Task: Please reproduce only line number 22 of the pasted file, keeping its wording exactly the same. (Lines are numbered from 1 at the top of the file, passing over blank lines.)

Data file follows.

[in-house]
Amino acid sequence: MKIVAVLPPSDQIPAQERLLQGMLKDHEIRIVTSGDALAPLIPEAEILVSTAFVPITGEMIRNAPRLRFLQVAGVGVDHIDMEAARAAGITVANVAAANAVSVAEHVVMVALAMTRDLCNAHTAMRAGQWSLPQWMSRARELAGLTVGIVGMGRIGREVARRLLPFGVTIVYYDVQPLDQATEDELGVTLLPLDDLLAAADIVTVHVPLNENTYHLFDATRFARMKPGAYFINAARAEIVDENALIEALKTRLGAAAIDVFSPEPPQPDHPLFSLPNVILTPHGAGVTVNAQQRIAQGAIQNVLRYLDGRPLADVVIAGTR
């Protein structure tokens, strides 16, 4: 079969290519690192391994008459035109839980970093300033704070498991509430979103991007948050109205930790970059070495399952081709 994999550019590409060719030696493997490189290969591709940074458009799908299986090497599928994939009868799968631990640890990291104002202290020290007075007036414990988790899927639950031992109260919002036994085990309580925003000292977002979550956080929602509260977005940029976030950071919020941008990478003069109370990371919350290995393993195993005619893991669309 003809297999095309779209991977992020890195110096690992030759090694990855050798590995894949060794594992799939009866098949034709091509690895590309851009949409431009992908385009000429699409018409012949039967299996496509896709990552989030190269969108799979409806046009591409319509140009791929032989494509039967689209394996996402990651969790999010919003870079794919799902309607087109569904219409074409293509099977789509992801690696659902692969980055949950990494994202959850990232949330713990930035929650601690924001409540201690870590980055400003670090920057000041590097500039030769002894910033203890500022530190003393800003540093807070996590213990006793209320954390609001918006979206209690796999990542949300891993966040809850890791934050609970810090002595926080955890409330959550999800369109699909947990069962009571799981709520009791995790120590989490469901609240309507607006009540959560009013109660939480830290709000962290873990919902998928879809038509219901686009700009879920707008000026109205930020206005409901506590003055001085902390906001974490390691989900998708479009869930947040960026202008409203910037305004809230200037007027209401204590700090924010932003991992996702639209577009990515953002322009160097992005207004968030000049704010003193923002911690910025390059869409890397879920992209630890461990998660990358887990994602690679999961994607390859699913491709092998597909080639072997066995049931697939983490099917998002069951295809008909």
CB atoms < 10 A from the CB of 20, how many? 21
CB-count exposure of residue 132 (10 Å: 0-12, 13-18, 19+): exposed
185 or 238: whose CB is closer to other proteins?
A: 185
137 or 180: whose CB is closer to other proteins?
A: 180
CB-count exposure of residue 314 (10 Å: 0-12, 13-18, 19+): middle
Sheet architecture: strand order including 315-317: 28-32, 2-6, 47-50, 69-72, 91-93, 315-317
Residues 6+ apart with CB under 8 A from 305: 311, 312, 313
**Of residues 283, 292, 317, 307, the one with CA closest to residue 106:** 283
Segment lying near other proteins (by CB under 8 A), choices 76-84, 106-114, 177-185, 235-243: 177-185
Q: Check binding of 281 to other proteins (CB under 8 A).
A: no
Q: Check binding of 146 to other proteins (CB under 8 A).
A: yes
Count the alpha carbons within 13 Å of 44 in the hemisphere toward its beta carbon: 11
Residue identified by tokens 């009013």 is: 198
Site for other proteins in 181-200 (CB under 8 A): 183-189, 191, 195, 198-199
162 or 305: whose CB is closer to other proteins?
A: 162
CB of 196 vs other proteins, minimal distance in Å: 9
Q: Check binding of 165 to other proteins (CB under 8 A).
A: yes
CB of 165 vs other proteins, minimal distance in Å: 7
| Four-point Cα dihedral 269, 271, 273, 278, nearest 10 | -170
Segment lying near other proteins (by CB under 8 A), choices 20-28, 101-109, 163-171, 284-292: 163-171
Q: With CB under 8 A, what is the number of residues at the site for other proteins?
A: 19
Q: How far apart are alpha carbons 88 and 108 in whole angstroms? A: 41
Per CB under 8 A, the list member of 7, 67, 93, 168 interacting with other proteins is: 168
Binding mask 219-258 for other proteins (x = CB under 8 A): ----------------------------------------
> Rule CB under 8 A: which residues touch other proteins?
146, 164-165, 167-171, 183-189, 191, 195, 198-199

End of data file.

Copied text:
162 or 305: whose CB is closer to other proteins?